Schnapps F.A.Q. with BierBeisl’s Bernhard Mairinger - Digest - Los Angeles magazine
 
 

Schnapps F.A.Q. with BierBeisl’s Bernhard Mairinger

Beverly Hills’ new Austrian star is BierBeisl. The restaurant and its chef got some serious love from the L.A. Times this weekend. (See Los Angeles magazine’s take here!) The schnitzel is grand, but it was the schnapps bar that really got our attention. Full disclosure: Our primary schnapps experiences have been limited to tossing back shots of the peach version before prom. Our prom. To beef up our knowledge of the sweet spirit, we asked BeirBeisl chef/co-owner, Austrian native, and schnapps swiller Bernhard Mairinger for a basic primer on Austria’s favorite hard stuff.

What is Schnapps?

Schnapps is the generic term for all clear brandies distilled from fermented fruits with no sugar or fragrances added.  For Schnapps, the mashing and fermentation are carried out immediately after harvest.  Fermentation takes place at carefully controlled temperatures before the mash undergoes double distillation in a copper pot still. Then it’s quickly bottled to preserve the freshness and aroma.  Alcohol content is high, usually 64 proof.

When are you supposed to drink it?

 Schnapps is usually offered after dinner.  It’s served at room temperature in small (1 to 2 ounce) tulip-shaped glass flutes which are designed to ensure the full nose and taste of the fruits.   Schnapps should be sipped slowly.  Traditionally, schnapps was offered as a way to seal an agreement and as a gesture of friendship.  Of course, for those living in the mountain and ski areas of Austria, Schnapps helps them to stay warm, which gives them a nice excuse to carry a flask at all times.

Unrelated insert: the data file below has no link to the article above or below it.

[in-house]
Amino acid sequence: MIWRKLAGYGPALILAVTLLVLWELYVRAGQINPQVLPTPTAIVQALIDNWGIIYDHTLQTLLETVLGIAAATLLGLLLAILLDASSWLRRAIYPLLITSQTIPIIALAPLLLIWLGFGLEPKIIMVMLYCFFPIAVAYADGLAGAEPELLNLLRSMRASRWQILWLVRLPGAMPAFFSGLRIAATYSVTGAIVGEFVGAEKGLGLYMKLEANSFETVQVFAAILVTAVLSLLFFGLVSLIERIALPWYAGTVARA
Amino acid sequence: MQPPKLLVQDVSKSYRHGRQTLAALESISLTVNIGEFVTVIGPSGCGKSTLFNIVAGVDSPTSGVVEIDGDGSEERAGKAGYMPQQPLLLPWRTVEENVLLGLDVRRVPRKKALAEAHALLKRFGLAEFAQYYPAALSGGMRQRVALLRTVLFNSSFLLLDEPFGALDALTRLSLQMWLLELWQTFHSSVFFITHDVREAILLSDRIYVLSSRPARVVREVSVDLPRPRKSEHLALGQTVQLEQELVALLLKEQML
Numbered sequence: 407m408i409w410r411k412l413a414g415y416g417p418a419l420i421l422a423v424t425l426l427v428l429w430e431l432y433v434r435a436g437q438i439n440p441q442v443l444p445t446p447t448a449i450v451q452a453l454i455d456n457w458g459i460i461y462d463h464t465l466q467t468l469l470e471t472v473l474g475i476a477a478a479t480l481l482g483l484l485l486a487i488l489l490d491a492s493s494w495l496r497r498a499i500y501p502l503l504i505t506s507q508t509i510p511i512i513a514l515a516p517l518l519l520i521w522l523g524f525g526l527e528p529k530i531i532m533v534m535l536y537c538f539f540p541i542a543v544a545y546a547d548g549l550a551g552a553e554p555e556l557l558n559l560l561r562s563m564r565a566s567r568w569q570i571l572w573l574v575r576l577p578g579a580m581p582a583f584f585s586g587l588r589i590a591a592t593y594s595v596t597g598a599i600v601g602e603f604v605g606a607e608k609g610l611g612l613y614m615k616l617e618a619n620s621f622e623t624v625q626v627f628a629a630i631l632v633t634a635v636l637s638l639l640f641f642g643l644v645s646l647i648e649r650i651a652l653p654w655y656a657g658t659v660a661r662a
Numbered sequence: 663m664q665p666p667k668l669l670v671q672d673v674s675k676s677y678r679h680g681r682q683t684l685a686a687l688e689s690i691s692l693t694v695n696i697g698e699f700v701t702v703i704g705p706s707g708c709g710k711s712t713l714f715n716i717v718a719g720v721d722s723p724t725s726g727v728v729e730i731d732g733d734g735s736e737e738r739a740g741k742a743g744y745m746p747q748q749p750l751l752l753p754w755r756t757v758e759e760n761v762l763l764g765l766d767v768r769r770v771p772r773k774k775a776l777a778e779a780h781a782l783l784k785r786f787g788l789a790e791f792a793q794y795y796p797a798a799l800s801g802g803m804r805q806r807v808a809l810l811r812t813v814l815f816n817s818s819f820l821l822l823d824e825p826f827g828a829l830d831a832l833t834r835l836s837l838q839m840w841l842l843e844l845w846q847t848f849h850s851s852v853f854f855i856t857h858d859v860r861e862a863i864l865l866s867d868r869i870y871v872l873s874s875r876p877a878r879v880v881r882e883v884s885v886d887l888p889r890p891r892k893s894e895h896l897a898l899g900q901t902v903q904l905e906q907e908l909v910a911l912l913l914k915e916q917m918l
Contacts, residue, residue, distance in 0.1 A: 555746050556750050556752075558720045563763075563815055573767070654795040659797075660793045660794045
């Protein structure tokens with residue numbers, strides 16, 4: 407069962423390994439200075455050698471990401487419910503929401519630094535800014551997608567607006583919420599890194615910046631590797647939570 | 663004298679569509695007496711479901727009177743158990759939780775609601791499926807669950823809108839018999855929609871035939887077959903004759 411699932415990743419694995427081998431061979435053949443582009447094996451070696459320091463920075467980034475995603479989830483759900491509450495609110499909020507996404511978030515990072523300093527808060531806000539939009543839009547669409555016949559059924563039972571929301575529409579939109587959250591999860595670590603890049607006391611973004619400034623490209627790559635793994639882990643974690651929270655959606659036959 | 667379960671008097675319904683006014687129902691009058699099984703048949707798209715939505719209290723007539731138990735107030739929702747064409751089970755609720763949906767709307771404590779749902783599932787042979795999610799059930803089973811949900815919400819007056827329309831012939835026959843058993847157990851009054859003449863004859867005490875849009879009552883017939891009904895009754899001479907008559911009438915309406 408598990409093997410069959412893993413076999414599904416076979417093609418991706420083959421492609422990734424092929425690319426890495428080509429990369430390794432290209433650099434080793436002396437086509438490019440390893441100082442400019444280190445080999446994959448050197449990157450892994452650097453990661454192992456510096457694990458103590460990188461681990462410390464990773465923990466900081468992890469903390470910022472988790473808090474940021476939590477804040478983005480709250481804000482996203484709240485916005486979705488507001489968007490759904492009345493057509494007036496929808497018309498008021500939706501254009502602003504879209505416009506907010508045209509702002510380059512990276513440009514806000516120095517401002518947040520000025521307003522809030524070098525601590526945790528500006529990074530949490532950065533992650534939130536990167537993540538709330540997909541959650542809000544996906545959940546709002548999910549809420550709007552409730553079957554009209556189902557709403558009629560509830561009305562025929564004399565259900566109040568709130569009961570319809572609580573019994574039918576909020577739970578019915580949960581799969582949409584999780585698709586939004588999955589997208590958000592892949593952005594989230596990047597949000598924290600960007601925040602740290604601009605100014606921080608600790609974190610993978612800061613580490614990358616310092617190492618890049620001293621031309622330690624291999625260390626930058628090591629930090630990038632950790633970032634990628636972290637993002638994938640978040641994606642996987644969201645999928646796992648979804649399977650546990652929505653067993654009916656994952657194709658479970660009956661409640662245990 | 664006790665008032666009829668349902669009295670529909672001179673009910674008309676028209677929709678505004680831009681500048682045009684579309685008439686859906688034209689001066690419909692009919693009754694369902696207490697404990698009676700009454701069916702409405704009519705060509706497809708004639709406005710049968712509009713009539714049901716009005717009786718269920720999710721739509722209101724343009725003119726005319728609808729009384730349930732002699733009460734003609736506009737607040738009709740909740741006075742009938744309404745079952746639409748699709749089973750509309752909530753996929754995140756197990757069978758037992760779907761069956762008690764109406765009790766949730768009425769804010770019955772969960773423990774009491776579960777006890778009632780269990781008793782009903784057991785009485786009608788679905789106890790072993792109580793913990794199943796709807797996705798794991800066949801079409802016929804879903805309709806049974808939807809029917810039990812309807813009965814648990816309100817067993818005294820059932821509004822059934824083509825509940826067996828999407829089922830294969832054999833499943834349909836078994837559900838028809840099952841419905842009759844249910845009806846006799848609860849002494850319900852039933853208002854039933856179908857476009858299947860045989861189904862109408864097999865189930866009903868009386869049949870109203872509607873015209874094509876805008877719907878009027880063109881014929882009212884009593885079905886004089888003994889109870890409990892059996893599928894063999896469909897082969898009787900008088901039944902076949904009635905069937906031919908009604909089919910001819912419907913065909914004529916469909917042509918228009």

What are the traditional flavors?

The fruits mainly used are apples, apricots, pears, plums, and cherries. At BierBeisl we feature the classic flavors such as Apricot, Williams Pear, Plum, Cherry as well as the rarely produced Rowanberry, Raspberry, and Wild Cherry, which are known for their distinct flavor by Schnapps lovers and connoisseurs worldwide.

What’s your favorite?

My favorites are probably Williams Pear, Old Plum, Apricot, and Rowanberry. It all depends on the meal I had!

Is it supposed to be sweet?

Schnapps is actually not supposed to be sweet at all. Many American commercial brands claiming to be Schnapps are heavily sweetened. True Austrian schnapps relies on the sweetness that comes from natural fermentation of fruit.

Does it pair well with food?

It actually does, just with certain dishes. It is used in quite a few traditional Austrian recipes—most of them are desserts or pastries. Because of the high percentage of alcohol, Schnapps is rarely ever paired to a full menu.

When did you first have Schnapps?

If I remember correctly I had my first sip of Schnapps when I was 15. It was during one of our ski trips, when a family friend let us take a sip while our parents were caught up in a conversation with somebody else. It definitely didn't taste good back than!  It took me at least another five years to understand and appreciate a high quality Schnapps, such as the Reisetbauer brandies.

So, why a whole schnapps bar?

At BierBeisl we strive for authenticity in our food and drink so it is important to end a proper meal with a glass of true Austrian schnapps to ensure the complete experience.  It is also something that is completely misunderstood and underrated. I am proud to introduce Angelenos to the fine tradition of drinking and enjoying genuine Austrian Schnapps.  BierBeisl has partnered with Hans Reisetbauer and Alois Goelles, two of the best known and awarded-winning Austrian distilleries known for producing schnapps using more than 80 percent home-grown, natural and organic fruits.   For me, making schnapps is comparable to preparing an exquisite meal;  it requires the best ingredients, a treasured recipe and an expert to oversee the process to honor the origin of each distinctive flavor.

 

Leave a comment:

· Subscribe to comments
Be the first to comment here.

Advertisement

 
more promotions
Subscribe to Los Angeles magazine
 
Close

Advertisement

$(document).ready(function(){ $('#ctl00_MainFull_GenericControl4_uc73867103f2a245958f90e70d1ed893d5_pnlArticleContent').remove('p'); });